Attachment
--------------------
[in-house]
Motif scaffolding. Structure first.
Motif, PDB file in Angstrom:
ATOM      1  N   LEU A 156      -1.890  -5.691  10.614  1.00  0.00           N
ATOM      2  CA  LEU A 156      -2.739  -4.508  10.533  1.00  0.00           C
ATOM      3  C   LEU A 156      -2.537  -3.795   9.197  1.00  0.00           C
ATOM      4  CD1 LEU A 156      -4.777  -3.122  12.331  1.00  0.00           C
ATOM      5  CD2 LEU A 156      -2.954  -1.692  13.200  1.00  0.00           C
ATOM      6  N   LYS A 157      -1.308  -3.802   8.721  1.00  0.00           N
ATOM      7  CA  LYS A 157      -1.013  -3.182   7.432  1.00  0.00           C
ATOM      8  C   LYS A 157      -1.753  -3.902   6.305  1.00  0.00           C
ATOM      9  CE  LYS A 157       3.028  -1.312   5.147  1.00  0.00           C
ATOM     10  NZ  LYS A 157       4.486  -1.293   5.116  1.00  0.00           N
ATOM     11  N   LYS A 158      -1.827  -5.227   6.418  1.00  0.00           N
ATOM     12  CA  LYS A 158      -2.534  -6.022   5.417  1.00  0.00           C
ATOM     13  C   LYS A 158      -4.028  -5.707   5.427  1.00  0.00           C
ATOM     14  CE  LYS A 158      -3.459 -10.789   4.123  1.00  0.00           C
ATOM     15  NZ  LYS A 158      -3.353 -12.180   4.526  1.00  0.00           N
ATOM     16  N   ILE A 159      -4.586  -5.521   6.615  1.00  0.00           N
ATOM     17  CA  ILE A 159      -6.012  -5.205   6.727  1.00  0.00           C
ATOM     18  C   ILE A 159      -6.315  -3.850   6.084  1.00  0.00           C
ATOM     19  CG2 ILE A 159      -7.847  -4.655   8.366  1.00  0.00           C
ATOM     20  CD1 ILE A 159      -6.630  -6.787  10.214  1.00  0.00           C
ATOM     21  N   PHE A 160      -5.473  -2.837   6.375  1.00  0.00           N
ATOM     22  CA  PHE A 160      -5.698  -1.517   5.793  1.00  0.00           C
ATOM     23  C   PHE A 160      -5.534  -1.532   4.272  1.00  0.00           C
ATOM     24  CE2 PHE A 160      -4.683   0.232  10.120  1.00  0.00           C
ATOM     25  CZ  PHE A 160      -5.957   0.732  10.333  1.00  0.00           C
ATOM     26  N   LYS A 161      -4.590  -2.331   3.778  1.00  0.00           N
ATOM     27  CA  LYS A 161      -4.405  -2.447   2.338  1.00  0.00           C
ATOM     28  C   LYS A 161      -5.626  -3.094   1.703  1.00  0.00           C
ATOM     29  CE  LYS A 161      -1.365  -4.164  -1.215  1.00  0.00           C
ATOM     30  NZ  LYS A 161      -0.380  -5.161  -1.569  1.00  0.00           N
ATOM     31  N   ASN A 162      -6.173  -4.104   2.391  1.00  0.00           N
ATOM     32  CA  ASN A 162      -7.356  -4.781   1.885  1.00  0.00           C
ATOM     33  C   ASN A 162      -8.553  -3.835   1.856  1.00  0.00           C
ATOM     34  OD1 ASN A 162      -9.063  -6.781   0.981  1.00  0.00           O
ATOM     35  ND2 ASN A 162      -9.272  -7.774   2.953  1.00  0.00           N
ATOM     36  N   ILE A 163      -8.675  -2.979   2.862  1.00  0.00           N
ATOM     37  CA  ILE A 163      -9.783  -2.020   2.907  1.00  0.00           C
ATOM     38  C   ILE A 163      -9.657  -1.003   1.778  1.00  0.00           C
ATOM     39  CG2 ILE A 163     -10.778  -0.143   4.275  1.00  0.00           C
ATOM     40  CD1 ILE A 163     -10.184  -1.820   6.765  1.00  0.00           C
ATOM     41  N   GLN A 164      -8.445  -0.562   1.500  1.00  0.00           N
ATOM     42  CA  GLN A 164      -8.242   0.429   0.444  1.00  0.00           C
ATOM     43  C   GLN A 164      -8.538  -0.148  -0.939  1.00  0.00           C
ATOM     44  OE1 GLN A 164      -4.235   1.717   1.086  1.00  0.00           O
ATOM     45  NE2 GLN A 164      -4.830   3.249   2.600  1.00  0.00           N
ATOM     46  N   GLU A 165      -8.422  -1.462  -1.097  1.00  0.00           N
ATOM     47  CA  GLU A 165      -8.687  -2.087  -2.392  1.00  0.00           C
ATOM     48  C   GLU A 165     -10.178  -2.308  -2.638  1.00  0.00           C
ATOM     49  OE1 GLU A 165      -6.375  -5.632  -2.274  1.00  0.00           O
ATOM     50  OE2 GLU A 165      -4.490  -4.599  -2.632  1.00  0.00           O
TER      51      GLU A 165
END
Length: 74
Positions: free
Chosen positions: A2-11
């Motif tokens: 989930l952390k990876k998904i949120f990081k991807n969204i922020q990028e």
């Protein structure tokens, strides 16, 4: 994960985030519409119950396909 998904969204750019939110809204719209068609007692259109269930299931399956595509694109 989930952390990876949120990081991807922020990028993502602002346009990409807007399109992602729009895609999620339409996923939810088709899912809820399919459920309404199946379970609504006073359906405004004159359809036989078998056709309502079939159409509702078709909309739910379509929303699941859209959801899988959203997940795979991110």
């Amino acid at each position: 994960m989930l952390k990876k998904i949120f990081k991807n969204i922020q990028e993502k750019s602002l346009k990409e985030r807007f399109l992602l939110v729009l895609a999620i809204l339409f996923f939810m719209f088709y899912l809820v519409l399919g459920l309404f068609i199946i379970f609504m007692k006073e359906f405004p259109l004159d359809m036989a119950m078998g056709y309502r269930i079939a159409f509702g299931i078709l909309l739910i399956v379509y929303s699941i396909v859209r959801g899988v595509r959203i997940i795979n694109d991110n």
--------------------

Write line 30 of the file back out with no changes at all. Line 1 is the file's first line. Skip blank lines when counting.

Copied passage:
ATOM     27  CA  LYS A 161      -4.405  -2.447   2.338  1.00  0.00           C